As a dance teacher, I’m kind of expected to have a lower personal space than I actually have, so I’ve found it useful to distinguish between dancing-context, dance-teaching-context, and social-context-at-a-dance-event. Each of those has different personal boundaries when it comes to physical contact. I’ve also added a hugs-without-hugs by throwing my hands up and declaring “sweaty hugs!” because no one wants to hug someone who is too sweaty and hot to want to hug (and I promote social norms such that if someone doesn’t want to hug because they are sweaty or you are sweaty, that’s something that you don’t get to argue). I believe that social norms percolate from the top in this kind of context, and so behaviour that I tolerate is behaviour that someday I will have to police.

    • SarahTheEntwife said:

      if I don’t hug somebody, or flinch away from them, often the defensive comment is something along the lines of “I’m not hitting on you!” or “it doesn’t mean anything” etc…

      This seems to be a near-guaranteed red flag that they *were* hitting on you — or at least trying to be inappropriately sexual — and don’t want to admit it.

    • Commander Banana said:

      I work with a guy who does that, and I think it’s a cultural thing – when he’s talking to you, instead of talking while facing you, he’ll stand next to you and hold onto your elbow.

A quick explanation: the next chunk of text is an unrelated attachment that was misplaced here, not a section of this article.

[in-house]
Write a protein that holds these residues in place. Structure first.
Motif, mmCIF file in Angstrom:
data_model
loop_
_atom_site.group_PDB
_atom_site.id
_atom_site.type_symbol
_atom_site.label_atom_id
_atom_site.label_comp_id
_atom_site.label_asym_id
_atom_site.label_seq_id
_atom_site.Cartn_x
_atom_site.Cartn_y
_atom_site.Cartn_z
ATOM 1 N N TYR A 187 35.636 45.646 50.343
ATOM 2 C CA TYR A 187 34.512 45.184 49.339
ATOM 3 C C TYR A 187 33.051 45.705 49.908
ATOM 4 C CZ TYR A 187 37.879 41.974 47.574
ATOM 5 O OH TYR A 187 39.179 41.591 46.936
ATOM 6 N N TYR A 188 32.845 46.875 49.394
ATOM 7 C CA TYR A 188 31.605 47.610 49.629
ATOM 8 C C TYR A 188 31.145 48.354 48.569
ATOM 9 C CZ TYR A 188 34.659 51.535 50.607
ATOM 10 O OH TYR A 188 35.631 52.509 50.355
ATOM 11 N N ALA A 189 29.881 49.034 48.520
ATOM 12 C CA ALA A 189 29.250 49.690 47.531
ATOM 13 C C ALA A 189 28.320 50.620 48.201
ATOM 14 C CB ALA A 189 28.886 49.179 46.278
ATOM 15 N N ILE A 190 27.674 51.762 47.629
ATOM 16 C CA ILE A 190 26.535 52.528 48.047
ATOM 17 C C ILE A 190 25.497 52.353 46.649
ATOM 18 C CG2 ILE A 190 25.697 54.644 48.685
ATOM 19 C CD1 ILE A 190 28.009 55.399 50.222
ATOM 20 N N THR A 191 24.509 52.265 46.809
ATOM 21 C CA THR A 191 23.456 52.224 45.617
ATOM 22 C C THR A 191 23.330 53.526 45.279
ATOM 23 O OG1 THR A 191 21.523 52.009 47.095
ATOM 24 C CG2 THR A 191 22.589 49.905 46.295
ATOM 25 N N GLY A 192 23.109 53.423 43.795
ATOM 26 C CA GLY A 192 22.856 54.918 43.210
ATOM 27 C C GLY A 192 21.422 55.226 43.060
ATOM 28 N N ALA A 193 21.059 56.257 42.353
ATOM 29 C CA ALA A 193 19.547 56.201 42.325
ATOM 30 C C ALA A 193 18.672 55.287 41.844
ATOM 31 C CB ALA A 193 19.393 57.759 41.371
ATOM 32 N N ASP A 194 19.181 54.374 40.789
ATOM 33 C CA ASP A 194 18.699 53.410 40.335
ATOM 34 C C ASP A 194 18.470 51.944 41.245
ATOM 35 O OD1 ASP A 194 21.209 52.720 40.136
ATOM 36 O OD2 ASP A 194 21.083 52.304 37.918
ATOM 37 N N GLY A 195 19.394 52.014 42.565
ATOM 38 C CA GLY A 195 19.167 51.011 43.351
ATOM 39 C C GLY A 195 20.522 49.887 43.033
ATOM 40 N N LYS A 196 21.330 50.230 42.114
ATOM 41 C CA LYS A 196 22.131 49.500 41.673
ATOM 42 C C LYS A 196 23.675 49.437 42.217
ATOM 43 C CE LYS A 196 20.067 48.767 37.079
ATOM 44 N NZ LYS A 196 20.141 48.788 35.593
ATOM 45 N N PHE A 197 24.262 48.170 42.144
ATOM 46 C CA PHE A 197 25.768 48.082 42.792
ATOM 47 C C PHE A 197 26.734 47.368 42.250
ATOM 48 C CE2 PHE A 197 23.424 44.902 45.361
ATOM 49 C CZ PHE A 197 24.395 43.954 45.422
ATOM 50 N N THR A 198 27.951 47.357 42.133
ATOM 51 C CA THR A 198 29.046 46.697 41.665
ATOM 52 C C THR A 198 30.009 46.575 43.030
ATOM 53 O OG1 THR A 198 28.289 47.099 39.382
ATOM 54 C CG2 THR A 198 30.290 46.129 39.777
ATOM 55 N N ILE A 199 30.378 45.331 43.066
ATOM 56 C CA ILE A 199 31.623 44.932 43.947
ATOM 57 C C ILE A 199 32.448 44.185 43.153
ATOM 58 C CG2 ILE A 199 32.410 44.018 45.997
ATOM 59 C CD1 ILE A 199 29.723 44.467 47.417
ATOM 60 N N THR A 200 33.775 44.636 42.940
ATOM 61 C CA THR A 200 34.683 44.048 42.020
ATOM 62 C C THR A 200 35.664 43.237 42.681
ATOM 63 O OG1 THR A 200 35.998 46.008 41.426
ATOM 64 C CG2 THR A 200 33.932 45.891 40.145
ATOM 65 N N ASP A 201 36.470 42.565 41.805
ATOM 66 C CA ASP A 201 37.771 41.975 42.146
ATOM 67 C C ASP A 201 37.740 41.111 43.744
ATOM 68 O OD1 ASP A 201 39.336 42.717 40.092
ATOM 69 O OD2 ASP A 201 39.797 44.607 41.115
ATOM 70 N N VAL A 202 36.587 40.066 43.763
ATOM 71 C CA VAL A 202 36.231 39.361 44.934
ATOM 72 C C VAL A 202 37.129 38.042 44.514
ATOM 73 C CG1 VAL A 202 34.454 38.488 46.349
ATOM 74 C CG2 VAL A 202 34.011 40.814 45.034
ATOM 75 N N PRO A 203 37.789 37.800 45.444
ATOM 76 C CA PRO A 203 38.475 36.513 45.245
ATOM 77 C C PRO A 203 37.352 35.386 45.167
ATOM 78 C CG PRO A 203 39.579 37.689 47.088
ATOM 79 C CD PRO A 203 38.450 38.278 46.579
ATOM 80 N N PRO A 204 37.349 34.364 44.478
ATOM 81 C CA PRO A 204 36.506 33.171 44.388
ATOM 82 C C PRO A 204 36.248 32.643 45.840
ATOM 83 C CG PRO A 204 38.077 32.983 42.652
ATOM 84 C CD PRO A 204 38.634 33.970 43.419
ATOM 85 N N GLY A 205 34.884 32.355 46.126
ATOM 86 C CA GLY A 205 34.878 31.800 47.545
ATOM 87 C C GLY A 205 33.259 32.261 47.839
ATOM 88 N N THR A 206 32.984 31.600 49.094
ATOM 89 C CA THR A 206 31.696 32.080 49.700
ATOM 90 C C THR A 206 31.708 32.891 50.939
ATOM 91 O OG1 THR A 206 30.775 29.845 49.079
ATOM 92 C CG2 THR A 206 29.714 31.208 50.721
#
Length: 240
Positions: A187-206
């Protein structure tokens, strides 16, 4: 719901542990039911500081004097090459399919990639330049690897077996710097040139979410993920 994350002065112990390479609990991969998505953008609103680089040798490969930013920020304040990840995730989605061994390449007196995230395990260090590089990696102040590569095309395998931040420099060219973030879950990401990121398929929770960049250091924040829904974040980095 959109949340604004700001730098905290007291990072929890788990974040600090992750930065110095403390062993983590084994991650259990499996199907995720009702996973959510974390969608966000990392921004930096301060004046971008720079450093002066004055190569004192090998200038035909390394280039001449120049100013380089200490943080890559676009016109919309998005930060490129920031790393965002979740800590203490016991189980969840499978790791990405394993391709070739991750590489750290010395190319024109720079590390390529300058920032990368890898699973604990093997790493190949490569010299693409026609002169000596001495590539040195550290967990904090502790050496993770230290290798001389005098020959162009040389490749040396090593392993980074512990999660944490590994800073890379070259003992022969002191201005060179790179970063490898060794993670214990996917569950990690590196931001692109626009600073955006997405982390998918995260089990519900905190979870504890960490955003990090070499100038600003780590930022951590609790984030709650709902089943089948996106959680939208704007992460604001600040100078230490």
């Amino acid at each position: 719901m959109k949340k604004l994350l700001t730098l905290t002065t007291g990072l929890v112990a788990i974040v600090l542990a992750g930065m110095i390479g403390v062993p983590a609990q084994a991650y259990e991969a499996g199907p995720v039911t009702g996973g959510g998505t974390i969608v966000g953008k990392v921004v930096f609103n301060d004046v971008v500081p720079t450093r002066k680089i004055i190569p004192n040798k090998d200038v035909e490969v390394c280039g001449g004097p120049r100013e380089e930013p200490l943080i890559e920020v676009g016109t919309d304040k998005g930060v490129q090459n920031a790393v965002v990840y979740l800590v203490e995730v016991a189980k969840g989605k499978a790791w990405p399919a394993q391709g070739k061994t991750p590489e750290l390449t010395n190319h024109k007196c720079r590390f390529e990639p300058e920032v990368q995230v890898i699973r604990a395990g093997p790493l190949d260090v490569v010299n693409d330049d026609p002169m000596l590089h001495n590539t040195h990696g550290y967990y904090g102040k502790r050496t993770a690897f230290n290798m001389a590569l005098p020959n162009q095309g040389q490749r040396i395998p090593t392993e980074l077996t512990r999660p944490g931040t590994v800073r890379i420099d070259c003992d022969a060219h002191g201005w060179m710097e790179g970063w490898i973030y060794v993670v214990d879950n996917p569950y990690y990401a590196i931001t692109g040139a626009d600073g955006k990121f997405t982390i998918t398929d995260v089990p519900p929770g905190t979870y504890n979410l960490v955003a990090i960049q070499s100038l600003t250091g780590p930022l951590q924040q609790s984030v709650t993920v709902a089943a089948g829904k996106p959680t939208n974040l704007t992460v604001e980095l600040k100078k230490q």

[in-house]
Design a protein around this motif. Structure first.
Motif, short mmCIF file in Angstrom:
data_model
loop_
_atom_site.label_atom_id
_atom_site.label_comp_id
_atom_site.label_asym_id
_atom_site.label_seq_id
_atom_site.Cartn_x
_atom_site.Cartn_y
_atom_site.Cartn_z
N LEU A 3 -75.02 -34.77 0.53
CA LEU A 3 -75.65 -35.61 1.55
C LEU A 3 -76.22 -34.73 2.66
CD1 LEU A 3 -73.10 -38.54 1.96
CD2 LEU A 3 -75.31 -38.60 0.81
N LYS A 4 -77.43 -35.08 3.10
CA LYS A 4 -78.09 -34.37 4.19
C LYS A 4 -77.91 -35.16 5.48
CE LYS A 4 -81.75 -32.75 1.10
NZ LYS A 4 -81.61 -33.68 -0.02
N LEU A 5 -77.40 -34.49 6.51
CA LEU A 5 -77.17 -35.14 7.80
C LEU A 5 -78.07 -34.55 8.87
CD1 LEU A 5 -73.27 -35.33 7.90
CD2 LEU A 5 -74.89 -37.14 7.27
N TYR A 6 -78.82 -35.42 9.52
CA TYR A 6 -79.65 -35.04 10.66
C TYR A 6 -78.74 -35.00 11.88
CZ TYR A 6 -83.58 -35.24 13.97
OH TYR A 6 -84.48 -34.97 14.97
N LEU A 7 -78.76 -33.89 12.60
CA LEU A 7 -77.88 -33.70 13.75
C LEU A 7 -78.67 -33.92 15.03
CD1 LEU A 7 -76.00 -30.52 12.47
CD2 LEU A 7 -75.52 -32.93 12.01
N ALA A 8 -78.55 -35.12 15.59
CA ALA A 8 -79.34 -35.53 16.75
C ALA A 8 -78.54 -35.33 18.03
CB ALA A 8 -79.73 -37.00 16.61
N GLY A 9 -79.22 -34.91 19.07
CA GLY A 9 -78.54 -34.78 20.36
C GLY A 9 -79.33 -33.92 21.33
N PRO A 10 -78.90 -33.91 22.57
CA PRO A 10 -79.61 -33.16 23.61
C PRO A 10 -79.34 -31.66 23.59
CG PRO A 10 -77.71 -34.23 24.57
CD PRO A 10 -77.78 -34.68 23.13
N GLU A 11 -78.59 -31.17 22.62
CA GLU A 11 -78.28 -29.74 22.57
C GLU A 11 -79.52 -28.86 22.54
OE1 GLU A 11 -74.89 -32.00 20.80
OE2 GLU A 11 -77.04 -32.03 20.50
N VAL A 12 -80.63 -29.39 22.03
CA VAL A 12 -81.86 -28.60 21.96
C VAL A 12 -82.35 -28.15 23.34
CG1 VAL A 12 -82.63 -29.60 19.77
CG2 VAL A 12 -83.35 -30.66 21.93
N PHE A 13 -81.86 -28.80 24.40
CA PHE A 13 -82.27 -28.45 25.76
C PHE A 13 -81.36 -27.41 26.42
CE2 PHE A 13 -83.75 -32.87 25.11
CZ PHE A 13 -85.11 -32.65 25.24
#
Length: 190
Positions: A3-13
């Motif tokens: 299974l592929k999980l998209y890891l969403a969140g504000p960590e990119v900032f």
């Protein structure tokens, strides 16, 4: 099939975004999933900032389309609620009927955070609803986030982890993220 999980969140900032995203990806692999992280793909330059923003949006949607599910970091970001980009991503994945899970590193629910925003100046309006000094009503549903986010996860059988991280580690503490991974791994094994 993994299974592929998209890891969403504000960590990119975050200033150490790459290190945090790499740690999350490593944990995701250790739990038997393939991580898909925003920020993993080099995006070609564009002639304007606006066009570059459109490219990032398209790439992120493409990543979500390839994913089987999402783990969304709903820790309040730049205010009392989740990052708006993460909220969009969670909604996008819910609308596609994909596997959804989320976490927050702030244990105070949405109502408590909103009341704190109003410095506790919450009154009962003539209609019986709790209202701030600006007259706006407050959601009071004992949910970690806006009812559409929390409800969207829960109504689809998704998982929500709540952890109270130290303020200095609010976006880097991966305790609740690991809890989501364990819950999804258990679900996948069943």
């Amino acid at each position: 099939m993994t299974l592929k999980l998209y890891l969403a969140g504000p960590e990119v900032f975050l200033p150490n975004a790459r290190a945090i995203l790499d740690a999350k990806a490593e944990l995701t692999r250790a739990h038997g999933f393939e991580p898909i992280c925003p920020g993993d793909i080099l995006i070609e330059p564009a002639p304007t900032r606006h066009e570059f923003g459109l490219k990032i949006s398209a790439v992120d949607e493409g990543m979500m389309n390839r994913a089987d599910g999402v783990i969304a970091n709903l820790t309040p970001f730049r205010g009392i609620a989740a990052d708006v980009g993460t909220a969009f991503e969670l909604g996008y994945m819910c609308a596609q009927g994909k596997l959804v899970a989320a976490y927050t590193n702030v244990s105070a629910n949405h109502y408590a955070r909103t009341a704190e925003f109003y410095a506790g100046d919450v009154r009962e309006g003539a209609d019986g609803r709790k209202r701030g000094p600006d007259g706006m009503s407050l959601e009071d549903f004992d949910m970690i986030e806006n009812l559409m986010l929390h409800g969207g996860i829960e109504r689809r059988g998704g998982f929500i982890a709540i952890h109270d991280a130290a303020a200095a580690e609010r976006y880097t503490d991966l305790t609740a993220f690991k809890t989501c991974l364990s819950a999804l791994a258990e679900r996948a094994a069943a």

I FUCKING HATE IT. And, I can’t hear very well, so if he’s standing next to me and I can’t see his face I miss most of what he’s saying.

      I’ve starting always carrying a binder in both hands when I have to talk to him and doing a sideways crab-walk so that he’s always facing me.

      • I augment my hearing with lip reading, and I’m always clear to people that if they want to talk, I need to be opposite and a certain distance away to focus (normal personal space – a few feet). One person is very touchy feely, she always steps closer as we chat, then I shuffle backwards instinctively so I can still see what she is saying… Once I actually hit the wall, pointed out what was happening, and asked to reset so we were both in the middle of the room again. She obliged… But hasn’t changed her habits. She also knows it is often genuinely painful to touch me. I think she’s just… Enthusiastic about whatever we talk about…? She is an otherwise lovely person.

        Any ideas would be welcome as I’ve already tried outright calling her on it!

        • CJ said:

          You don’t say that this person is a friend in whom you have much invested, so I’m going to assume that she is Generic Well Meaning Person. From the way you describe the situation, it sounds like you’ve pretty much done all you can.

          I can’t tell you what to do, only what I would do in the same situation. If this person was not a valued friend in whom I had a personal investment, I would probably distance myself and minimize interaction with her. Her enthusiasm may be overriding her ability to honor boundaries, but that is not my problem. When she stops by to chat, I would not make myself available for conversation. I would politely disengage immediately, even if that means walking away. The old excuse about needing “to go do something” or “get back to someone about something” spares the feelings of the clueless and gets the job done.